First MERS Case Reported in the US

MERS virus infection in US discovered in Indiana patient who traveled from Middle East

/ Author:  / Reviewed by: Robert Carlson, M.D Beth Bolt, RPh

(RxWiki News) The MERS virus has been under the close watch of health officials around the globe since it first started causing infections in 2012. This week, the first US patient was discovered.

Cases of the Middle East Respiratory Syndrome Coronavirus (MERS-CoV) have mostly centered around Saudi Arabia and other middle eastern countries. Much is still to be learned, but some evidence of limited person-to-person transmission in close settings has been seen.

US health officials are investigating the US case and stressed that the risk to the wider public is low. 

"Limit close contact with people when you are sick."

According to the Centers for Disease Control and Prevention (CDC), the patient was confirmed on May 2 with fever and respiratory symptoms (shortness of breath and coughing) after being admitted to an Indiana hospital on April 28.

On April 24, the patient flew from Riyadh, Saudi Arabia to Chicago via London. He then arrived in Indiana after taking a bus from Chicago.

CDC reported that the patient is currently isolated and in stable condition. Contacts with the patient are being identified and advised by officials.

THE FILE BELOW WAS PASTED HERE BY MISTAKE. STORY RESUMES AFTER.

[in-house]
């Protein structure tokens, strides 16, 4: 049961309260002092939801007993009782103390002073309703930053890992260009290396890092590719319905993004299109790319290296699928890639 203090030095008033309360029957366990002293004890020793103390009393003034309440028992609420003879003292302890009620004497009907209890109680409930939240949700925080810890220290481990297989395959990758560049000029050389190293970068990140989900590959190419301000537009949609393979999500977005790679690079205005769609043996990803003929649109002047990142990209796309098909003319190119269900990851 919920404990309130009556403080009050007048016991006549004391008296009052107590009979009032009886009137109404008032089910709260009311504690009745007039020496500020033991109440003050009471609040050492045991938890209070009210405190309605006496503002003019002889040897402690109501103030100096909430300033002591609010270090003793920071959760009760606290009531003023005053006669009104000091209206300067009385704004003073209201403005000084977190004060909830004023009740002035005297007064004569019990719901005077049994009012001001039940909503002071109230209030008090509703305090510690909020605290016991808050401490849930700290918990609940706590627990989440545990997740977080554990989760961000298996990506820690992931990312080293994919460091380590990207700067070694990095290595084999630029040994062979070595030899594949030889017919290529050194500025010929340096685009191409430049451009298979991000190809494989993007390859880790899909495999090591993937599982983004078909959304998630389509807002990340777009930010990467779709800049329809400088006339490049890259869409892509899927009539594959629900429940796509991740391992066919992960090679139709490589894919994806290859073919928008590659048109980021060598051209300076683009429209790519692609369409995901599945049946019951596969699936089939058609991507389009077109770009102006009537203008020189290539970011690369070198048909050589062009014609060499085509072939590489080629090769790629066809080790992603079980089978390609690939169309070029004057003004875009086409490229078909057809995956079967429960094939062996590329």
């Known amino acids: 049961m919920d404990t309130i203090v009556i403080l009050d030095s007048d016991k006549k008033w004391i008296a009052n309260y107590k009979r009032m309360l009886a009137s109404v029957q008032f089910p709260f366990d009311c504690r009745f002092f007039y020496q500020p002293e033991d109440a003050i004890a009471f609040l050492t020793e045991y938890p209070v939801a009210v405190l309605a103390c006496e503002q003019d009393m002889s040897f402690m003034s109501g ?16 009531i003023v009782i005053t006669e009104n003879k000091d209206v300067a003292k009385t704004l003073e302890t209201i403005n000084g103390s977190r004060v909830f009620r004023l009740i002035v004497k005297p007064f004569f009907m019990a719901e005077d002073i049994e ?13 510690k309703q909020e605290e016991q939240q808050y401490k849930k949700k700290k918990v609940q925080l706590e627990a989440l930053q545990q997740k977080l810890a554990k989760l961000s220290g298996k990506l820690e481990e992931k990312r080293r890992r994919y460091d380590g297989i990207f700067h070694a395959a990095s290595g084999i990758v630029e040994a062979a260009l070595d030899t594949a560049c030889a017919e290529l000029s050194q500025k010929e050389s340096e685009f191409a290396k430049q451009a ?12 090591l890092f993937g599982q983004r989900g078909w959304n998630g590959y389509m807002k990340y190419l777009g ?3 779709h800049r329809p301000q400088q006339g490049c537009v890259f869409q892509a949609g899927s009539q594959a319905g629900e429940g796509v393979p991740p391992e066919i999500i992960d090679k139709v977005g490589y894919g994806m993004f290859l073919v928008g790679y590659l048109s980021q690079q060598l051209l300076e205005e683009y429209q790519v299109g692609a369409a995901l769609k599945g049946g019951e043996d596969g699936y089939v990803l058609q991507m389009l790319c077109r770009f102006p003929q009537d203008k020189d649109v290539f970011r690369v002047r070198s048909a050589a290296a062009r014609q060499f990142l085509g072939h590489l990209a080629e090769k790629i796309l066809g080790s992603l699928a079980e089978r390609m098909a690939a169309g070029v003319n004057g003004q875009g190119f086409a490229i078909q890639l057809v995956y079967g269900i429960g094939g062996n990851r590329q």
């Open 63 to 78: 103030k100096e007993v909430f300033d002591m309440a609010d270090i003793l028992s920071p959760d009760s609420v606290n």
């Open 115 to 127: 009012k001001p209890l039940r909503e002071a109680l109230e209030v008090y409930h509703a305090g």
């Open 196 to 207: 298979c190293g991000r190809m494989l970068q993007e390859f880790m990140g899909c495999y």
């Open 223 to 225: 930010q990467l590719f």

In a press conference, Anne Schuchat, MD, Director of CDC's National Center for Immunization and Respiratory Diseases, said that the patient is a health care provider who was providing health care during his stay in Saudi Arabia.

"The first US importation represents a very low risk to the broader general public," said Dr. Schuchat.

"[I]n some countries, there has been limited spread of the virus from person to person through close contact such as caring for or living with an infected person," said Dr. Schuchat. "However, the virus has not shown the ability to spread easily from person to person in community setting."

Since the virus was first discovered in Saudi Arabia in 2012, a total of 401 cases have been identified in 12 countries — 93 of which have resulted in death. CDC noted that all of the reported cases originated in the Arabian Peninsula.  

"While experts do not yet know exactly how this virus is spread, CDC advises Americans to help protect themselves from respiratory illnesses by washing hands often, avoiding close contact with people who are sick, avoid touching their eyes, nose and/or mouth with unwashed hands, and disinfecting frequently touched surfaces," suggested CDC.

CDC has not recommended any travel restrictions, but did recommend that anyone who develops symptoms like fever, cough, or trouble breathing within two weeks of traveling to or near the Arabian Peninsula seek medical care and inform their doctor of their travel history.

“We’ve anticipated MERS reaching the US, and we’ve prepared for and are taking swift action,” said Tom Frieden, MD, MPH, Director of CDC, in a press release. “This case reminds us that we are all connected by the air we breathe, the food we eat, and the water we drink.  We can break the chain of transmission in this case through focused efforts here and abroad.”

Review Date: 
May 3, 2014
Last Updated:
May 5, 2014